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Dell sweetens bid to $24.6 billion, board delays vote to Aug. 2

July 24, 2013|By Andrea Chang
  • Company founder and Chief Executive Michael Dell has increased his bid for the PC maker.
Company founder and Chief Executive Michael Dell has increased his bid… (Paul Hilton / Bloomberg )

Michael Dell, facing the possibility that he would lose the company he founded to billionaire Carl Icahn, announced a last-minute increase to his buyout offer.

Under the new proposal made public Wednesday, Michael Dell and investment firm Silver Lake would acquire the PC maker for $13.75 per share in cash, up from the group's previous offer of $13.65 per share. That bumps the value of the bid to $24.6 billion, up from $24.4 billion.

In another twist, Michael Dell is seeking to change the shareholder voting rules in an effort to better secure the success of his bid. Currently, a share not cast counts as a "no" vote; the company founder wants the outcome of the vote to depend solely on actual votes cast.

The group said it was not willing to discuss any further increase to its bid without the change to the voting rules.

"This is our best and final proposal," it said in a letter to members of Dell's special committee. "There is simply no rational basis for shares that are not voted to count as votes against the merger agreement."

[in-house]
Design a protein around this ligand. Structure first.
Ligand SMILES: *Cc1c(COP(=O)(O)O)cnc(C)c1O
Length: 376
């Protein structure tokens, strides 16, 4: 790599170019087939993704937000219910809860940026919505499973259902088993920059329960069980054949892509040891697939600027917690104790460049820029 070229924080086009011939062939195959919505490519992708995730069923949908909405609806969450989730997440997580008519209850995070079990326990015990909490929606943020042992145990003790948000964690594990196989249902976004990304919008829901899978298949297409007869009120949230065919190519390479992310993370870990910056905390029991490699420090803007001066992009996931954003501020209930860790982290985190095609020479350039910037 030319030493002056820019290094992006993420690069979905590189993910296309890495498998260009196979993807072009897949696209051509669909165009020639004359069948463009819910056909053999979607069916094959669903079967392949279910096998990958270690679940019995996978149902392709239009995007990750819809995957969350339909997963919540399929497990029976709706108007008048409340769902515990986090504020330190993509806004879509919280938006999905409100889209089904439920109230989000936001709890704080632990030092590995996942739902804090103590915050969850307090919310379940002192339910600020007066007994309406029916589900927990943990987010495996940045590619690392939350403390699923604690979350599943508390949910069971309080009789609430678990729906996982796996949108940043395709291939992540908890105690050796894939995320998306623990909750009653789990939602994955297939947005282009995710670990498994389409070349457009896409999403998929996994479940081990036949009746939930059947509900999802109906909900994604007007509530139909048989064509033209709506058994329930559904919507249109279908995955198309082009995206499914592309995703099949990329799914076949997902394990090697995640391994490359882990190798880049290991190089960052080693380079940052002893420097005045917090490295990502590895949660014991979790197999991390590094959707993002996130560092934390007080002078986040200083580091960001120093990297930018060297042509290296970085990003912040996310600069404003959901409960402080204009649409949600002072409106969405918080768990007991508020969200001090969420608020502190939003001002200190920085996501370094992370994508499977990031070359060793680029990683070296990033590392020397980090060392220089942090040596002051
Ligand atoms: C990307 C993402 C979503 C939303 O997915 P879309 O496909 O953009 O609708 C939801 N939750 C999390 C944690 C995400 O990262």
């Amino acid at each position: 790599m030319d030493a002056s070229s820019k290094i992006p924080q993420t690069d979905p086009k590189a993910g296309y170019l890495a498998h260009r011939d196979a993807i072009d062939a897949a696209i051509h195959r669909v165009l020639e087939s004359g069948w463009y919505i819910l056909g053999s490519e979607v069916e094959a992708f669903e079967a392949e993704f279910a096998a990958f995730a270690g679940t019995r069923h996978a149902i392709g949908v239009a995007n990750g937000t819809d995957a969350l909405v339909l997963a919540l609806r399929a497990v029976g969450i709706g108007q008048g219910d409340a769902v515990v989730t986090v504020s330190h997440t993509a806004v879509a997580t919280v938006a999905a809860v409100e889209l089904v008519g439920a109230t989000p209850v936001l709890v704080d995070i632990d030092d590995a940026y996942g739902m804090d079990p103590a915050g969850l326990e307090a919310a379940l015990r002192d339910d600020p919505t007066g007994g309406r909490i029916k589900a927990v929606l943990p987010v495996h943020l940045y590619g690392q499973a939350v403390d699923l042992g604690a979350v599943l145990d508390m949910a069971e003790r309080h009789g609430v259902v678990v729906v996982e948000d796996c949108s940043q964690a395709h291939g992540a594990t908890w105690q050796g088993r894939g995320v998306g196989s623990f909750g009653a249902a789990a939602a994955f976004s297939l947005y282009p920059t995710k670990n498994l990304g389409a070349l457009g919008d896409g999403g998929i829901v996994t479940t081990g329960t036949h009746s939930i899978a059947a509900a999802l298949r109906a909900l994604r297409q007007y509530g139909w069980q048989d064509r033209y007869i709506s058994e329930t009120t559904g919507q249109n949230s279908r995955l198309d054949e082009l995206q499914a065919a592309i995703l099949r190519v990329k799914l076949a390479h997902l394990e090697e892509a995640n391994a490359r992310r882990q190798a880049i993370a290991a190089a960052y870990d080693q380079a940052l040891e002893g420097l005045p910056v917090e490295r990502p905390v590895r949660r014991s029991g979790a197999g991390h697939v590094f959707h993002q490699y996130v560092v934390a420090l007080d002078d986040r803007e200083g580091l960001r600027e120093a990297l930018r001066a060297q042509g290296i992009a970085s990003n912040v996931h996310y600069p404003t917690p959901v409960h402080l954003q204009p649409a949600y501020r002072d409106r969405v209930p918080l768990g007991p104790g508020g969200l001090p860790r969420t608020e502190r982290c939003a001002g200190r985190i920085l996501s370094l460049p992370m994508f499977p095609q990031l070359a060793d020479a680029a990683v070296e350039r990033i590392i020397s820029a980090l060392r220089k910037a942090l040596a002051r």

Dell's board of directors said that in light of the new bid, it would delay a shareholder meeting from Wednesday afternoon to Aug. 2 at 7 a.m. PDT at the company's headquarters in Round Rock, Texas.

The special meeting of shareholders had been delayed once before. Last week, Dell postponed it after it appeared Michael Dell's plan to take the PC maker private would not be approved by shareholders.

The saga over the future of Dell began in February, when Michael Dell, who is also chief executive, announced his plans to take the company he founded private amid prolonged struggles in the PC industry.

But his bid was met with a competing offer from Icahn, a billionaire activist who has repeatedly said Michael Dell is undervaluing the company.

In Icahn and Southeastern Asset Management's recently modified offer, announced this month, Dell shareholders would receive $14 a share and a warrant for every four shares that they tender. The warrants could be used to purchase Dell shares for $20 in the future.

Shares of Dell were down less than 1%, to $12.78, at 11:45 a.m. PDT.


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